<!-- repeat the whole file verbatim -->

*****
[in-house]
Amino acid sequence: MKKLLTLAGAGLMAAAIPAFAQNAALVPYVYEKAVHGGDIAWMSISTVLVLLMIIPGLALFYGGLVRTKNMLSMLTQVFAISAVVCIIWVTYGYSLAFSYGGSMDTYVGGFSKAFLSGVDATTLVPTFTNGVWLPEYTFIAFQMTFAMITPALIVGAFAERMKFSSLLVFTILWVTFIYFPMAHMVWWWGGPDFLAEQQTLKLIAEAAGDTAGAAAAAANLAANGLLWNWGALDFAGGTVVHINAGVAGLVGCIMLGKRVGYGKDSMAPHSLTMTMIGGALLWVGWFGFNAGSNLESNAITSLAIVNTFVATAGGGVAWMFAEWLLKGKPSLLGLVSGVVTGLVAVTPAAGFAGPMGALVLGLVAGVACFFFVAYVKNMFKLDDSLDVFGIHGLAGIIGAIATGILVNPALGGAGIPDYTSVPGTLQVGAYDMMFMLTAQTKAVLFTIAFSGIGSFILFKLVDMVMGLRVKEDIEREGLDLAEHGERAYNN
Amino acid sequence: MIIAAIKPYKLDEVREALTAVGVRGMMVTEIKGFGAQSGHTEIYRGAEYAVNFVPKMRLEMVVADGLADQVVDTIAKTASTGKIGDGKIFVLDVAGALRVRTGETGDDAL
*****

[in-house]
Amino acid sequence: MKKLLTLAGAGLMAAAIPAFAQNAALVPYVYEKAVHGGDIAWMSISTVLVLLMIIPGLALFYGGLVRTKNMLSMLTQVFAISAVVCIIWVTYGYSLAFSYGGSMDTYVGGFSKAFLSGVDATTLVPTFTNGVWLPEYTFIAFQMTFAMITPALIVGAFAERMKFSSLLVFTILWVTFIYFPMAHMVWWWGGPDFLAEQQTLKLIAEAAGDTAGAAAAAANLAANGLLWNWGALDFAGGTVVHINAGVAGLVGCIMLGKRVGYGKDSMAPHSLTMTMIGGALLWVGWFGFNAGSNLESNAITSLAIVNTFVATAGGGVAWMFAEWLLKGKPSLLGLVSGVVTGLVAVTPAAGFAGPMGALVLGLVAGVACFFFVAYVKNMFKLDDSLDVFGIHGLAGIIGAIATGILVNPALGGAGIPDYTSVPGTLQVGAYDMMFMLTAQTKAVLFTIAFSGIGSFILFKLVDMVMGLRVKEDIEREGLDLAEHGERAYNN
Amino acid sequence: MIIAAIKPYKLDEVREALTAVGVRGMMVTEIKGFGAQSGHTEIYRGAEYAVNFVPKMRLEMVVADGLADQVVDTIAKTASTGKIGDGKIFVLDVAGALRVRTGETGDDAL